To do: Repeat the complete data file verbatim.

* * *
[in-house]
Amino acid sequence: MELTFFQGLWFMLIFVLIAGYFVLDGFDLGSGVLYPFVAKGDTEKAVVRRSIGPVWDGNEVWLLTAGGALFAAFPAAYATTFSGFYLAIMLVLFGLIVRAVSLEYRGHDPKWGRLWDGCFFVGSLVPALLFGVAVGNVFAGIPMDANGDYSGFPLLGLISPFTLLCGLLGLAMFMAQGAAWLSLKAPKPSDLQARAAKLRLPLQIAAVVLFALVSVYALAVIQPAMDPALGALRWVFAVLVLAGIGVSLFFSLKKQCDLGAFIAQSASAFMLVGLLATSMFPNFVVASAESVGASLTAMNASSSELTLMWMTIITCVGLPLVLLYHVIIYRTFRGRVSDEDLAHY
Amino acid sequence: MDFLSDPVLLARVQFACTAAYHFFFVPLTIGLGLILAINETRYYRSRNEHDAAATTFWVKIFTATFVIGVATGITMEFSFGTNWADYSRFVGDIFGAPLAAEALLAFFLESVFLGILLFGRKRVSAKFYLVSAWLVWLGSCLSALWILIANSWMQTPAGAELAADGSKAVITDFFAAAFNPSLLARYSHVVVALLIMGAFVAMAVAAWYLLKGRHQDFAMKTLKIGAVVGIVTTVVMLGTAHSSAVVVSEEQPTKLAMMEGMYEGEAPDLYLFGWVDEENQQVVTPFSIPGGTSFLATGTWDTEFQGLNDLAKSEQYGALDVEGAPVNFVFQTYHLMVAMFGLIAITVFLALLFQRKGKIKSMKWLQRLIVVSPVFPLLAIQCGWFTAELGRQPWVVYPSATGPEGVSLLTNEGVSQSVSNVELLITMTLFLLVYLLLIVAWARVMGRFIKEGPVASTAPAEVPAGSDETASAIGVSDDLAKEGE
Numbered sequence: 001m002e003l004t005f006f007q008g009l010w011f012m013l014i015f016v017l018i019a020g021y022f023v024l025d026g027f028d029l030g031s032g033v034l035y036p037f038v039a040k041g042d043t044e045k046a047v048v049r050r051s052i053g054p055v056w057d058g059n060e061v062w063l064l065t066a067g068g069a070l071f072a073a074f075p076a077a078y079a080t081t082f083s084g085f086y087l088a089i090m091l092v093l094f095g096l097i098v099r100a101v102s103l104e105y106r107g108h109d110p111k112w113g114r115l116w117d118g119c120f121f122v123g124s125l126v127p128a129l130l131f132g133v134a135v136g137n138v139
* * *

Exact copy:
[in-house]
Amino acid sequence: MELTFFQGLWFMLIFVLIAGYFVLDGFDLGSGVLYPFVAKGDTEKAVVRRSIGPVWDGNEVWLLTAGGALFAAFPAAYATTFSGFYLAIMLVLFGLIVRAVSLEYRGHDPKWGRLWDGCFFVGSLVPALLFGVAVGNVFAGIPMDANGDYSGFPLLGLISPFTLLCGLLGLAMFMAQGAAWLSLKAPKPSDLQARAAKLRLPLQIAAVVLFALVSVYALAVIQPAMDPALGALRWVFAVLVLAGIGVSLFFSLKKQCDLGAFIAQSASAFMLVGLLATSMFPNFVVASAESVGASLTAMNASSSELTLMWMTIITCVGLPLVLLYHVIIYRTFRGRVSDEDLAHY
Amino acid sequence: MDFLSDPVLLARVQFACTAAYHFFFVPLTIGLGLILAINETRYYRSRNEHDAAATTFWVKIFTATFVIGVATGITMEFSFGTNWADYSRFVGDIFGAPLAAEALLAFFLESVFLGILLFGRKRVSAKFYLVSAWLVWLGSCLSALWILIANSWMQTPAGAELAADGSKAVITDFFAAAFNPSLLARYSHVVVALLIMGAFVAMAVAAWYLLKGRHQDFAMKTLKIGAVVGIVTTVVMLGTAHSSAVVVSEEQPTKLAMMEGMYEGEAPDLYLFGWVDEENQQVVTPFSIPGGTSFLATGTWDTEFQGLNDLAKSEQYGALDVEGAPVNFVFQTYHLMVAMFGLIAITVFLALLFQRKGKIKSMKWLQRLIVVSPVFPLLAIQCGWFTAELGRQPWVVYPSATGPEGVSLLTNEGVSQSVSNVELLITMTLFLLVYLLLIVAWARVMGRFIKEGPVASTAPAEVPAGSDETASAIGVSDDLAKEGE
Numbered sequence: 001m002e003l004t005f006f007q008g009l010w011f012m013l014i015f016v017l018i019a020g021y022f023v024l025d026g027f028d029l030g031s032g033v034l035y036p037f038v039a040k041g042d043t044e045k046a047v048v049r050r051s052i053g054p055v056w057d058g059n060e061v062w063l064l065t066a067g068g069a070l071f072a073a074f075p076a077a078y079a080t081t082f083s084g085f086y087l088a089i090m091l092v093l094f095g096l097i098v099r100a101v102s103l104e105y106r107g108h109d110p111k112w113g114r115l116w117d118g119c120f121f122v123g124s125l126v127p128a129l130l131f132g133v134a135v136g137n138v139